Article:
US President Donald Trump is set to scrap a programme that grants work permits to immigrants who arrived in the country illegally as children, a move likely to impact more than 7,000 Indian-Americans, a media report said today.
US President Donald Trump is set to scrap a programme that grants work permits to immigrants who arrived in the country illegally as children, a move likely to impact more than 7,000 Indian-Americans, a media report said today. The programme -– Deferred Action for Children Arrival (DACA) –- was a key immigration reform of the former US President Barack Obama. White House Press Secretary Sarah Sanders told reporters on Friday that Trump would take a decision on the issue tomorrow. However, Politico in an exclusive story reported Sunday that Trump has already decided to rescind this programme and senior administration officials are now discussing the rollout of his decision which could come later this week.
However, senior administration officials have cautioned that there might be changes in Trump’s decision until it is formally announced, Politico reported. Such a decision by the US President, which is one of his poll promises, is expected to draw widespread criticism including those from his own Republican party. The move is likely to impact some 750,00 undocumented workers including more than 7,000 Indian-Americans.
In a radio interview Paul Ryan, Speaker of the US House of Representatives said that Trump should not terminate DACA as “these children know no other country than the US”. “I actually don’t think he should do that. I believe that this is something that Congress has to fix,” Ryan said on radio station WCLO in Janesville, Wisconsin. India ranks 11th among countries of origin for DACA students, according to the US Citizenship and Immigration Services statistics available till March 31, 2017. “Deporting patriotic, courageous young men and women who are American in every way would be disastrous for our communities, our economy and our nation,” said Congresswoman Nancy Pelosi, Democratic leader in the US House of Representatives.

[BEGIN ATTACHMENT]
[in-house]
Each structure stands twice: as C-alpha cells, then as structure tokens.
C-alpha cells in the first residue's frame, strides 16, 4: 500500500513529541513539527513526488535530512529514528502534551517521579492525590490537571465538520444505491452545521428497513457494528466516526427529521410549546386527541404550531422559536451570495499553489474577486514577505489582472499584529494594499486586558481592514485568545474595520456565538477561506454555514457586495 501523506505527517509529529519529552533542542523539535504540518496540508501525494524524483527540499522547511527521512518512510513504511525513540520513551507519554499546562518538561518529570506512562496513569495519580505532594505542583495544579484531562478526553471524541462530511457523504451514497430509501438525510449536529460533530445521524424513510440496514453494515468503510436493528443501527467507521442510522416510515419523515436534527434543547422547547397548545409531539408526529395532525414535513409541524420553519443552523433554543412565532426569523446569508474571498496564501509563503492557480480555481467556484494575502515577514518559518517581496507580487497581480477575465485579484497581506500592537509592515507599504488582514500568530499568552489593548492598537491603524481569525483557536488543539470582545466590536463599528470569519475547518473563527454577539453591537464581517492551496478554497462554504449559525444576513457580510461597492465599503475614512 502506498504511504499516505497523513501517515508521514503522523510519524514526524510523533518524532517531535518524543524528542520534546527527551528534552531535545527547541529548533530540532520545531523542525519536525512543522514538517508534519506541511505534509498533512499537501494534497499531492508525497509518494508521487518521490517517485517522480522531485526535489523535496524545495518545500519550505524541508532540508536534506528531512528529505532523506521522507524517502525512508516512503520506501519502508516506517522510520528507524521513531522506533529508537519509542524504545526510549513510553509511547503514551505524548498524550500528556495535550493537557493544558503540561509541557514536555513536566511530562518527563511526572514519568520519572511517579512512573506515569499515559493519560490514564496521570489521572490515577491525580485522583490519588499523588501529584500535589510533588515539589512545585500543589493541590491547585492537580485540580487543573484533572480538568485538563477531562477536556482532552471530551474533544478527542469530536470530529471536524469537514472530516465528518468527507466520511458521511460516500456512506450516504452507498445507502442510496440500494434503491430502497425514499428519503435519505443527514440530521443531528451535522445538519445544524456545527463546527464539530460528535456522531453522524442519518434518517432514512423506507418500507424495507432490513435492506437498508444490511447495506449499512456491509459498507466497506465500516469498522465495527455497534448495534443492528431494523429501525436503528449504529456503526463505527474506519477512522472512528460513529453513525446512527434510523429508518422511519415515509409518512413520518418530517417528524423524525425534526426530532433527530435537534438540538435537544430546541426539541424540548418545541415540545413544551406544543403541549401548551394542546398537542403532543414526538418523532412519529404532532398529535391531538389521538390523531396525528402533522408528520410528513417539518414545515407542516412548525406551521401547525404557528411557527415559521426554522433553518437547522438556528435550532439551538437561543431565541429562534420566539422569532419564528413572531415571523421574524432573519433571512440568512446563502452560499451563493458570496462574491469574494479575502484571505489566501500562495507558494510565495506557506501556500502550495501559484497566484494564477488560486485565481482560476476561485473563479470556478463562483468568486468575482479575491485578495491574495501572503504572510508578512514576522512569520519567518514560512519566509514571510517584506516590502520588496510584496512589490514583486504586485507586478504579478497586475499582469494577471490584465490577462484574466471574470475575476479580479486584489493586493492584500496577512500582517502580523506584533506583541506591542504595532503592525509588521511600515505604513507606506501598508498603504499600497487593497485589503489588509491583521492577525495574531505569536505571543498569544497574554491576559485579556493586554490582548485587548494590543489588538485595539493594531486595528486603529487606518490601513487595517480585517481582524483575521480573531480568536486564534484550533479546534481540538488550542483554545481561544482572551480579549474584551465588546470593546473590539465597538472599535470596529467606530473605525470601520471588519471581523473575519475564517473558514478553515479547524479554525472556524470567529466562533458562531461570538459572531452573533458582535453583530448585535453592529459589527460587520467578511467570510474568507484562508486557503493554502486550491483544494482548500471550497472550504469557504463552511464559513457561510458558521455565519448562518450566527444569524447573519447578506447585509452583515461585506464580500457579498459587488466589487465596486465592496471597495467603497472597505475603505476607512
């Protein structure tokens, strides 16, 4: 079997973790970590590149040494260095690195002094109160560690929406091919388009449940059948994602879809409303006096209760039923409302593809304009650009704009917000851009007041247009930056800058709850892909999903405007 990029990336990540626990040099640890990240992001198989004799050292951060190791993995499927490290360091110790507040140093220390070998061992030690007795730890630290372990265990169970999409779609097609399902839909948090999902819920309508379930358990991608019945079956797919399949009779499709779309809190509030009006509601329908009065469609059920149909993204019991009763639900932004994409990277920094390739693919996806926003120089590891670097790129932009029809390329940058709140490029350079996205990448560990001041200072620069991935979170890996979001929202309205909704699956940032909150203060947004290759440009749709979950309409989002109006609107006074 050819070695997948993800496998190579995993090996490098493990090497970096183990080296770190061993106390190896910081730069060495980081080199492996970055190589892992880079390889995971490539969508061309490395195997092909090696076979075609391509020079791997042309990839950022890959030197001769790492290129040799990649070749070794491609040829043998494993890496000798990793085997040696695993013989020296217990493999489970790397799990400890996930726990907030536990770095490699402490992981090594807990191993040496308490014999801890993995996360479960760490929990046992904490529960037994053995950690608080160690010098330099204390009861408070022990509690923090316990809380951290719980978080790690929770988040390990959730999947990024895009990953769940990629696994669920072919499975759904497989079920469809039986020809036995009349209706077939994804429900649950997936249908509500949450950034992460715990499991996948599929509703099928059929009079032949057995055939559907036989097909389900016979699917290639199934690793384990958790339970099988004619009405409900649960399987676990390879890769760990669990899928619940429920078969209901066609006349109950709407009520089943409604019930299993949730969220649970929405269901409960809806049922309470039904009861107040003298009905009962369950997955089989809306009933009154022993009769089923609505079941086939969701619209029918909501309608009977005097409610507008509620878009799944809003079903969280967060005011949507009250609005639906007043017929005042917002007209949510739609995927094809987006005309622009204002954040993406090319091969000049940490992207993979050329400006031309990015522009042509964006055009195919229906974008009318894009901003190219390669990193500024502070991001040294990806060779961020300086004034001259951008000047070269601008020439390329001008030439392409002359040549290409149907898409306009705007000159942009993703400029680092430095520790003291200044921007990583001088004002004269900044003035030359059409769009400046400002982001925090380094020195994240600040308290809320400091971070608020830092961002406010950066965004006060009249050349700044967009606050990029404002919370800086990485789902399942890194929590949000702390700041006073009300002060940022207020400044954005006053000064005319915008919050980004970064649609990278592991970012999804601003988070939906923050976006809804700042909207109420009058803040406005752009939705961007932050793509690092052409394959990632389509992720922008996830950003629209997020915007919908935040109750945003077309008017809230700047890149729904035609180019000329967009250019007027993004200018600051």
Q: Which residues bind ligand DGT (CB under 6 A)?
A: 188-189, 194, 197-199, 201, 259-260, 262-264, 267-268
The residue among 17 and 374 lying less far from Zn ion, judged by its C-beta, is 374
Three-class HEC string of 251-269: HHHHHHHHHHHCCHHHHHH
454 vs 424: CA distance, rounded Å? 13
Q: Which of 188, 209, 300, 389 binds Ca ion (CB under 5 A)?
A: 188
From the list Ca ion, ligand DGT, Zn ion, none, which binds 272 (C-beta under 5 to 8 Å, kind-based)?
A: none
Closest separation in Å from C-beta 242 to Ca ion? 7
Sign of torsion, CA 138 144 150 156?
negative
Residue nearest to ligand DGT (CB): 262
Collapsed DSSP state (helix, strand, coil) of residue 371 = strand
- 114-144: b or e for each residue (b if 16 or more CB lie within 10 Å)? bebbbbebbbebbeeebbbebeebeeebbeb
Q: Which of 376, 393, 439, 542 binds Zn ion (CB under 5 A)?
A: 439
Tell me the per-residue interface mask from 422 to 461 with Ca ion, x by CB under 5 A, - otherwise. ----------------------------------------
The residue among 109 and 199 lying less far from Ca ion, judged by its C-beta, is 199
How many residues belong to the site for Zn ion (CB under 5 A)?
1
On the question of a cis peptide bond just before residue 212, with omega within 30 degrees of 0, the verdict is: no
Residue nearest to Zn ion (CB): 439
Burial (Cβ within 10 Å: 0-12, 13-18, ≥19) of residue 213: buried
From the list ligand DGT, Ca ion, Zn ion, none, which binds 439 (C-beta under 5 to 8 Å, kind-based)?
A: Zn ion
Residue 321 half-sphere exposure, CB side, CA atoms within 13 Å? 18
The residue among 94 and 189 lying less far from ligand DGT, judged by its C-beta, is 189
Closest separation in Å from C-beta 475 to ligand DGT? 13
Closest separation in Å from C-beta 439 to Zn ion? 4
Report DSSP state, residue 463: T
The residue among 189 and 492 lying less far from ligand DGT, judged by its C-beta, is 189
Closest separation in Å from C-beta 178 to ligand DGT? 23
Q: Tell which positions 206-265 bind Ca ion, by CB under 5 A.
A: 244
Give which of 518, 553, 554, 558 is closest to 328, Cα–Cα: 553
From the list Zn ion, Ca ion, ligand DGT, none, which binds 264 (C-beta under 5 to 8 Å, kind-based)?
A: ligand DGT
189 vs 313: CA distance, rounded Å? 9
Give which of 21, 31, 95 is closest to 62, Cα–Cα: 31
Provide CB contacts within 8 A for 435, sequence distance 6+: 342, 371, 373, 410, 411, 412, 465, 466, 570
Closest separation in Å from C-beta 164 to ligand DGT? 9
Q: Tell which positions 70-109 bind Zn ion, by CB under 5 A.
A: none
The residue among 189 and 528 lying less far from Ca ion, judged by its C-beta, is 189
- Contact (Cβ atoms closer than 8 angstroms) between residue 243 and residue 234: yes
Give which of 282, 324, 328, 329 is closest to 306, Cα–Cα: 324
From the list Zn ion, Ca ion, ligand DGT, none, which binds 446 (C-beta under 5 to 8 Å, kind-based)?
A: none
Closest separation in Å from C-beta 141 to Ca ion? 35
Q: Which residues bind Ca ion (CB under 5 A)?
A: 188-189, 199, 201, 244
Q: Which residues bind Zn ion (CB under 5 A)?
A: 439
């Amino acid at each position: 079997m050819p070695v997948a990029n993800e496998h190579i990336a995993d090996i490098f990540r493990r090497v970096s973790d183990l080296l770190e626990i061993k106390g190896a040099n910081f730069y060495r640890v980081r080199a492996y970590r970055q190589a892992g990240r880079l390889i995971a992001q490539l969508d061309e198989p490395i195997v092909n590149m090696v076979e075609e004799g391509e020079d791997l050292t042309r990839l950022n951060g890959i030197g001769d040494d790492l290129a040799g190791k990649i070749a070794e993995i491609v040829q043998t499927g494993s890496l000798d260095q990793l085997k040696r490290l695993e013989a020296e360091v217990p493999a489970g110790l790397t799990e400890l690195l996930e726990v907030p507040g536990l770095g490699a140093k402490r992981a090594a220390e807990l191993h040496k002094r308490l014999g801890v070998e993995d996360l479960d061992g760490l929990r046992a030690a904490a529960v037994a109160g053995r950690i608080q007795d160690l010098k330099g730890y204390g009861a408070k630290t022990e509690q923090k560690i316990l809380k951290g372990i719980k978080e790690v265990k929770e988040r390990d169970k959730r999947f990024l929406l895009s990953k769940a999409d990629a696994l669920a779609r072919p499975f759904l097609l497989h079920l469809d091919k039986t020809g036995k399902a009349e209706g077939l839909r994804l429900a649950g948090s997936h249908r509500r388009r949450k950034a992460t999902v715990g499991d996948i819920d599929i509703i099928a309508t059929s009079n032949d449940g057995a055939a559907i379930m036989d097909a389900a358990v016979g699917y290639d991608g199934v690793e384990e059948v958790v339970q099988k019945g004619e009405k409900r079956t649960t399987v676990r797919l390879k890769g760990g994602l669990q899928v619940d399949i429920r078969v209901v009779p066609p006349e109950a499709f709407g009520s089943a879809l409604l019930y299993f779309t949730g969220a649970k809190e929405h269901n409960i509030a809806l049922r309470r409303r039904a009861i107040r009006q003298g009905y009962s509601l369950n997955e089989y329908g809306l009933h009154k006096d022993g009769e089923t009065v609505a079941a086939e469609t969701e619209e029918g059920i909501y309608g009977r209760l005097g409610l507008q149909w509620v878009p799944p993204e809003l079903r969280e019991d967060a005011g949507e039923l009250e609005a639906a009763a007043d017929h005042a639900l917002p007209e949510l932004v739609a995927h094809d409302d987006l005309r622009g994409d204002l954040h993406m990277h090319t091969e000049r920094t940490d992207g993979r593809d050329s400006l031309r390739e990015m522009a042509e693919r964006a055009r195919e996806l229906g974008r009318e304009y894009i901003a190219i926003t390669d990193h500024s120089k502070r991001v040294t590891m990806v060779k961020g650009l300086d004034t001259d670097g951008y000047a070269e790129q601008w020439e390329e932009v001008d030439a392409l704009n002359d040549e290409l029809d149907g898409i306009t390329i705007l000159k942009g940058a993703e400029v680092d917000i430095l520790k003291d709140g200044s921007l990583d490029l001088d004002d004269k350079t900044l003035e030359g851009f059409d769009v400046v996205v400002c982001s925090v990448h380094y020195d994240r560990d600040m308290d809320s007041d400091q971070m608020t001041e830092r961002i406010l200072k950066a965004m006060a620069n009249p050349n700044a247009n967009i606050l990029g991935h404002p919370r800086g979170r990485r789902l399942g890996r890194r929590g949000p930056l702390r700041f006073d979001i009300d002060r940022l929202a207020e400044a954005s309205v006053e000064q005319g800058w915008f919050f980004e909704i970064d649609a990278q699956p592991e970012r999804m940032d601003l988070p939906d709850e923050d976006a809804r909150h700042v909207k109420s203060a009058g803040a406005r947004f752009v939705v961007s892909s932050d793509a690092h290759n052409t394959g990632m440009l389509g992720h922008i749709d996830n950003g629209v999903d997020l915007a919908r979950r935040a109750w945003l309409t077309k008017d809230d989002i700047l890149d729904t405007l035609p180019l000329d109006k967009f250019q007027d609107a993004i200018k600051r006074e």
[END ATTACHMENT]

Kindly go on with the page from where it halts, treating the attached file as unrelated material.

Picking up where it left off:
In a study released last week, CATO Institute said that termination of DACA, which would result in possible deportation of these students could cost over $200 billion to the American economy and the cost to the government would be $60 billion. The average DACA recipient is 22 years old, employed, and a student. 17 per cent of them are on track to complete an advanced degree.